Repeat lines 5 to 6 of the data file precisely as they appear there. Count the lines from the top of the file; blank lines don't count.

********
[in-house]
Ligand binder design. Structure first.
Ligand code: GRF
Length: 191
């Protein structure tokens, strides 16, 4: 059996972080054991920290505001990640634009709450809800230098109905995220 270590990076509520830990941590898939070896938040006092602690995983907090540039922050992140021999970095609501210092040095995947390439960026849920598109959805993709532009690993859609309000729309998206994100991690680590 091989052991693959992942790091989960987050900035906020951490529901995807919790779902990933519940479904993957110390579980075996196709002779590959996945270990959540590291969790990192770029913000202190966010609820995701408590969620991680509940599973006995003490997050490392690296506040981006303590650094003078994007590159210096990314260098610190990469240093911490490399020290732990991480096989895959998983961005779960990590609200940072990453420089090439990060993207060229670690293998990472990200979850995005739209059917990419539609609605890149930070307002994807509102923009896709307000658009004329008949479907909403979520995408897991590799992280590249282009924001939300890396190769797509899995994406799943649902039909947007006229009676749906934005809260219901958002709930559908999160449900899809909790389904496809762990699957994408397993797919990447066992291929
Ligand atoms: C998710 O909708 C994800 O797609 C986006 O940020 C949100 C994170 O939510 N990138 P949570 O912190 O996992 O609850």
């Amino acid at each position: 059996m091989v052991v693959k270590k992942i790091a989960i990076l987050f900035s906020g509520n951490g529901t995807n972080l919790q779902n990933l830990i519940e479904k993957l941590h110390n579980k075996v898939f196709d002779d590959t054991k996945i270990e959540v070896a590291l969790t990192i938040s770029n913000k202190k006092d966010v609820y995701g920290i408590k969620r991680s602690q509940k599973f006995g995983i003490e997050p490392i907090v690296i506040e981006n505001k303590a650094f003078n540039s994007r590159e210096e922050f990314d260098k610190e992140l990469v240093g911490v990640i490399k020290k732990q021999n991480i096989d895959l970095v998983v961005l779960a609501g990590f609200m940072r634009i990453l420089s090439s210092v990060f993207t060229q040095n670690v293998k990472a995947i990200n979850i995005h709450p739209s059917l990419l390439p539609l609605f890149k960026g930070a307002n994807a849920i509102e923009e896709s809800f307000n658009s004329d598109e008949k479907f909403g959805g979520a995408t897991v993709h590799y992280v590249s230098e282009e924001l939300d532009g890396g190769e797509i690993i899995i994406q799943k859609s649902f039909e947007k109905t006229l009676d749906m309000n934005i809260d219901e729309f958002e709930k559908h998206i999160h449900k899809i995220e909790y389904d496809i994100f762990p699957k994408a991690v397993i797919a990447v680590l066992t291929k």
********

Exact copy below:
């Protein structure tokens, strides 16, 4: 059996972080054991920290505001990640634009709450809800230098109905995220 270590990076509520830990941590898939070896938040006092602690995983907090540039922050992140021999970095609501210092040095995947390439960026849920598109959805993709532009690993859609309000729309998206994100991690680590 091989052991693959992942790091989960987050900035906020951490529901995807919790779902990933519940479904993957110390579980075996196709002779590959996945270990959540590291969790990192770029913000202190966010609820995701408590969620991680509940599973006995003490997050490392690296506040981006303590650094003078994007590159210096990314260098610190990469240093911490490399020290732990991480096989895959998983961005779960990590609200940072990453420089090439990060993207060229670690293998990472990200979850995005739209059917990419539609609605890149930070307002994807509102923009896709307000658009004329008949479907909403979520995408897991590799992280590249282009924001939300890396190769797509899995994406799943649902039909947007006229009676749906934005809260219901958002709930559908999160449900899809909790389904496809762990699957994408397993797919990447066992291929
Ligand atoms: C998710 O909708 C994800 O797609 C986006 O940020 C949100 C994170 O939510 N990138 P949570 O912190 O996992 O609850």